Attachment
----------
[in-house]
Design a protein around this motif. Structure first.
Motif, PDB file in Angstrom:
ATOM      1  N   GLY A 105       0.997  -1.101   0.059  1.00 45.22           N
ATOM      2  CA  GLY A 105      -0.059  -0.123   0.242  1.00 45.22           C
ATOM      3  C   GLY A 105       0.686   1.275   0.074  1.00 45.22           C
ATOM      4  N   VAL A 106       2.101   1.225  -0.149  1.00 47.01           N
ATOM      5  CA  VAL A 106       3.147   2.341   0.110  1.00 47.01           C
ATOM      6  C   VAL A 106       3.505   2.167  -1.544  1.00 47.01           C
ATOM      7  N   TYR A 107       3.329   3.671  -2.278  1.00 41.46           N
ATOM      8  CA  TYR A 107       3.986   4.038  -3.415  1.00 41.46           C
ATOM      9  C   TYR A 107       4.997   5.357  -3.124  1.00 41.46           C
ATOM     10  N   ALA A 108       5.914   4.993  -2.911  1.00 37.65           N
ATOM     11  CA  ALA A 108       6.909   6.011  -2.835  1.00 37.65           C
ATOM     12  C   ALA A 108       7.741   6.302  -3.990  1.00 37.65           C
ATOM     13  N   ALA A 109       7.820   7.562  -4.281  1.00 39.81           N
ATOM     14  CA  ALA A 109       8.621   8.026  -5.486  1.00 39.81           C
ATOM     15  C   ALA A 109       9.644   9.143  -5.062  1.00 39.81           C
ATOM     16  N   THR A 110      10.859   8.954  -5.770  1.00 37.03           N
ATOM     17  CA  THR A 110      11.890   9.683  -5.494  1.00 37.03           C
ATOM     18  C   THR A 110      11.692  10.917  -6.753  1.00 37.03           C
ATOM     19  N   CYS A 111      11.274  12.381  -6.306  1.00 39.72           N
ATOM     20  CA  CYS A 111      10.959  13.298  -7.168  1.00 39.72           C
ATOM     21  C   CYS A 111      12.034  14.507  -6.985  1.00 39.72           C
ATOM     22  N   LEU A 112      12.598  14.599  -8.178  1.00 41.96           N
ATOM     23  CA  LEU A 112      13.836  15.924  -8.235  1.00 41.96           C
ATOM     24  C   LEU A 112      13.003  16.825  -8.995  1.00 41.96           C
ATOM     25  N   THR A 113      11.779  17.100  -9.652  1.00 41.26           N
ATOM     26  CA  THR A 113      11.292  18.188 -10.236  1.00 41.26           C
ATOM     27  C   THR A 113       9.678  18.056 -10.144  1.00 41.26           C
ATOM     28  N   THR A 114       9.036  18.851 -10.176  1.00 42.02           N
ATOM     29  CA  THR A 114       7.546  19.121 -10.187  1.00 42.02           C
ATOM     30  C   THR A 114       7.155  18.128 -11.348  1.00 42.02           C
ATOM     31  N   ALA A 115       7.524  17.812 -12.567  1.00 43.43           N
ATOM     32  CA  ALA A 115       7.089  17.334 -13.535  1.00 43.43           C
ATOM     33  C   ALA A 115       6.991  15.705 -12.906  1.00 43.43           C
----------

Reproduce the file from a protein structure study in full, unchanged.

[in-house]
Design a protein around this motif. Structure first.
Motif, PDB file in Angstrom:
ATOM      1  N   GLY A 105       0.997  -1.101   0.059  1.00 45.22           N
ATOM      2  CA  GLY A 105      -0.059  -0.123   0.242  1.00 45.22           C
ATOM      3  C   GLY A 105       0.686   1.275   0.074  1.00 45.22           C
ATOM      4  N   VAL A 106       2.101   1.225  -0.149  1.00 47.01           N
ATOM      5  CA  VAL A 106       3.147   2.341   0.110  1.00 47.01           C
ATOM      6  C   VAL A 106       3.505   2.167  -1.544  1.00 47.01           C
ATOM      7  N   TYR A 107       3.329   3.671  -2.278  1.00 41.46           N
ATOM      8  CA  TYR A 107       3.986   4.038  -3.415  1.00 41.46           C
ATOM      9  C   TYR A 107       4.997   5.357  -3.124  1.00 41.46           C
ATOM     10  N   ALA A 108       5.914   4.993  -2.911  1.00 37.65           N
ATOM     11  CA  ALA A 108       6.909   6.011  -2.835  1.00 37.65           C
ATOM     12  C   ALA A 108       7.741   6.302  -3.990  1.00 37.65           C
ATOM     13  N   ALA A 109       7.820   7.562  -4.281  1.00 39.81           N
ATOM     14  CA  ALA A 109       8.621   8.026  -5.486  1.00 39.81           C
ATOM     15  C   ALA A 109       9.644   9.143  -5.062  1.00 39.81           C
ATOM     16  N   THR A 110      10.859   8.954  -5.770  1.00 37.03           N
ATOM     17  CA  THR A 110      11.890   9.683  -5.494  1.00 37.03           C
ATOM     18  C   THR A 110      11.692  10.917  -6.753  1.00 37.03           C
ATOM     19  N   CYS A 111      11.274  12.381  -6.306  1.00 39.72           N
ATOM     20  CA  CYS A 111      10.959  13.298  -7.168  1.00 39.72           C
ATOM     21  C   CYS A 111      12.034  14.507  -6.985  1.00 39.72           C
ATOM     22  N   LEU A 112      12.598  14.599  -8.178  1.00 41.96           N
ATOM     23  CA  LEU A 112      13.836  15.924  -8.235  1.00 41.96           C
ATOM     24  C   LEU A 112      13.003  16.825  -8.995  1.00 41.96           C
ATOM     25  N   THR A 113      11.779  17.100  -9.652  1.00 41.26           N
ATOM     26  CA  THR A 113      11.292  18.188 -10.236  1.00 41.26           C
ATOM     27  C   THR A 113       9.678  18.056 -10.144  1.00 41.26           C
ATOM     28  N   THR A 114       9.036  18.851 -10.176  1.00 42.02           N
ATOM     29  CA  THR A 114       7.546  19.121 -10.187  1.00 42.02           C
ATOM     30  C   THR A 114       7.155  18.128 -11.348  1.00 42.02           C
ATOM     31  N   ALA A 115       7.524  17.812 -12.567  1.00 43.43           N
ATOM     32  CA  ALA A 115       7.089  17.334 -13.535  1.00 43.43           C
ATOM     33  C   ALA A 115       6.991  15.705 -12.906  1.00 43.43           C